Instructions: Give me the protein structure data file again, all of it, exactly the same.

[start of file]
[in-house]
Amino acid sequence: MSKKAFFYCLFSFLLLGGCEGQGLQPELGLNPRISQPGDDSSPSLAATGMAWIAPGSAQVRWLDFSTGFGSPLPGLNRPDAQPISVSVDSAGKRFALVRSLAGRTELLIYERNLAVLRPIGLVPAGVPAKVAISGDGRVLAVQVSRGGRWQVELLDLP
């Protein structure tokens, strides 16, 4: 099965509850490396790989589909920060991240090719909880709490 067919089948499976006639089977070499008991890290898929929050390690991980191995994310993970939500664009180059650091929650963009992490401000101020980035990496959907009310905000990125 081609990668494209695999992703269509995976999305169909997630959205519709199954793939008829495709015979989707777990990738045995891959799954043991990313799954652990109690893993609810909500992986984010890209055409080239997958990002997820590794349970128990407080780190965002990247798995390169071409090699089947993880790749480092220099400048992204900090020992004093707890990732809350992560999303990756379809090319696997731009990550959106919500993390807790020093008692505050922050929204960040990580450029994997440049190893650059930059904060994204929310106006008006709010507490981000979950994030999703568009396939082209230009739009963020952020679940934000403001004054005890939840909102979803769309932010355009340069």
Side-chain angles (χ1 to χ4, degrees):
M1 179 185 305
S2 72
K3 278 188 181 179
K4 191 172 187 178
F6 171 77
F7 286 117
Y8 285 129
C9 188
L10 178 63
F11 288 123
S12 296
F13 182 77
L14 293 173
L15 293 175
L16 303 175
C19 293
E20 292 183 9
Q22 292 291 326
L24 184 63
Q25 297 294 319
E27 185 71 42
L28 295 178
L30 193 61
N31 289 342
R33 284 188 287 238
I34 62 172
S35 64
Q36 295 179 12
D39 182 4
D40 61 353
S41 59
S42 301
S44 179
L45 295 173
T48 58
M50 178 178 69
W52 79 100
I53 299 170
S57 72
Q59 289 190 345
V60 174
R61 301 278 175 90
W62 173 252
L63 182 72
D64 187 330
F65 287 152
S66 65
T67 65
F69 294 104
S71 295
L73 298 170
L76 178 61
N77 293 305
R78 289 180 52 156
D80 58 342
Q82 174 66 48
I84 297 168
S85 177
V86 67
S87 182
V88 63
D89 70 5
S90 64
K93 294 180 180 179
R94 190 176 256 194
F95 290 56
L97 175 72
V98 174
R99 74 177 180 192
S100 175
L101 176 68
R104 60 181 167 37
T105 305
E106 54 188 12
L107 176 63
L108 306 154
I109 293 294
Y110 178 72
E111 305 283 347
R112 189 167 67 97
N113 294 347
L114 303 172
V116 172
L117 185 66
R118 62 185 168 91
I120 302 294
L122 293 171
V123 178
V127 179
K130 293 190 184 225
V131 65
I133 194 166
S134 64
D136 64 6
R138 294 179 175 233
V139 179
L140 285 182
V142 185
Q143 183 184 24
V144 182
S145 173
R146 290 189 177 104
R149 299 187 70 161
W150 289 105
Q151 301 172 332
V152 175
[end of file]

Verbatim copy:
[in-house]
Amino acid sequence: MSKKAFFYCLFSFLLLGGCEGQGLQPELGLNPRISQPGDDSSPSLAATGMAWIAPGSAQVRWLDFSTGFGSPLPGLNRPDAQPISVSVDSAGKRFALVRSLAGRTELLIYERNLAVLRPIGLVPAGVPAKVAISGDGRVLAVQVSRGGRWQVELLDLP
């Protein structure tokens, strides 16, 4: 099965509850490396790989589909920060991240090719909880709490 067919089948499976006639089977070499008991890290898929929050390690991980191995994310993970939500664009180059650091929650963009992490401000101020980035990496959907009310905000990125 081609990668494209695999992703269509995976999305169909997630959205519709199954793939008829495709015979989707777990990738045995891959799954043991990313799954652990109690893993609810909500992986984010890209055409080239997958990002997820590794349970128990407080780190965002990247798995390169071409090699089947993880790749480092220099400048992204900090020992004093707890990732809350992560999303990756379809090319696997731009990550959106919500993390807790020093008692505050922050929204960040990580450029994997440049190893650059930059904060994204929310106006008006709010507490981000979950994030999703568009396939082209230009739009963020952020679940934000403001004054005890939840909102979803769309932010355009340069």
Side-chain angles (χ1 to χ4, degrees):
M1 179 185 305
S2 72
K3 278 188 181 179
K4 191 172 187 178
F6 171 77
F7 286 117
Y8 285 129
C9 188
L10 178 63
F11 288 123
S12 296
F13 182 77
L14 293 173
L15 293 175
L16 303 175
C19 293
E20 292 183 9
Q22 292 291 326
L24 184 63
Q25 297 294 319
E27 185 71 42
L28 295 178
L30 193 61
N31 289 342
R33 284 188 287 238
I34 62 172
S35 64
Q36 295 179 12
D39 182 4
D40 61 353
S41 59
S42 301
S44 179
L45 295 173
T48 58
M50 178 178 69
W52 79 100
I53 299 170
S57 72
Q59 289 190 345
V60 174
R61 301 278 175 90
W62 173 252
L63 182 72
D64 187 330
F65 287 152
S66 65
T67 65
F69 294 104
S71 295
L73 298 170
L76 178 61
N77 293 305
R78 289 180 52 156
D80 58 342
Q82 174 66 48
I84 297 168
S85 177
V86 67
S87 182
V88 63
D89 70 5
S90 64
K93 294 180 180 179
R94 190 176 256 194
F95 290 56
L97 175 72
V98 174
R99 74 177 180 192
S100 175
L101 176 68
R104 60 181 167 37
T105 305
E106 54 188 12
L107 176 63
L108 306 154
I109 293 294
Y110 178 72
E111 305 283 347
R112 189 167 67 97
N113 294 347
L114 303 172
V116 172
L117 185 66
R118 62 185 168 91
I120 302 294
L122 293 171
V123 178
V127 179
K130 293 190 184 225
V131 65
I133 194 166
S134 64
D136 64 6
R138 294 179 175 233
V139 179
L140 285 182
V142 185
Q143 183 184 24
V144 182
S145 173
R146 290 189 177 104
R149 299 187 70 161
W150 289 105
Q151 301 172 332
V152 175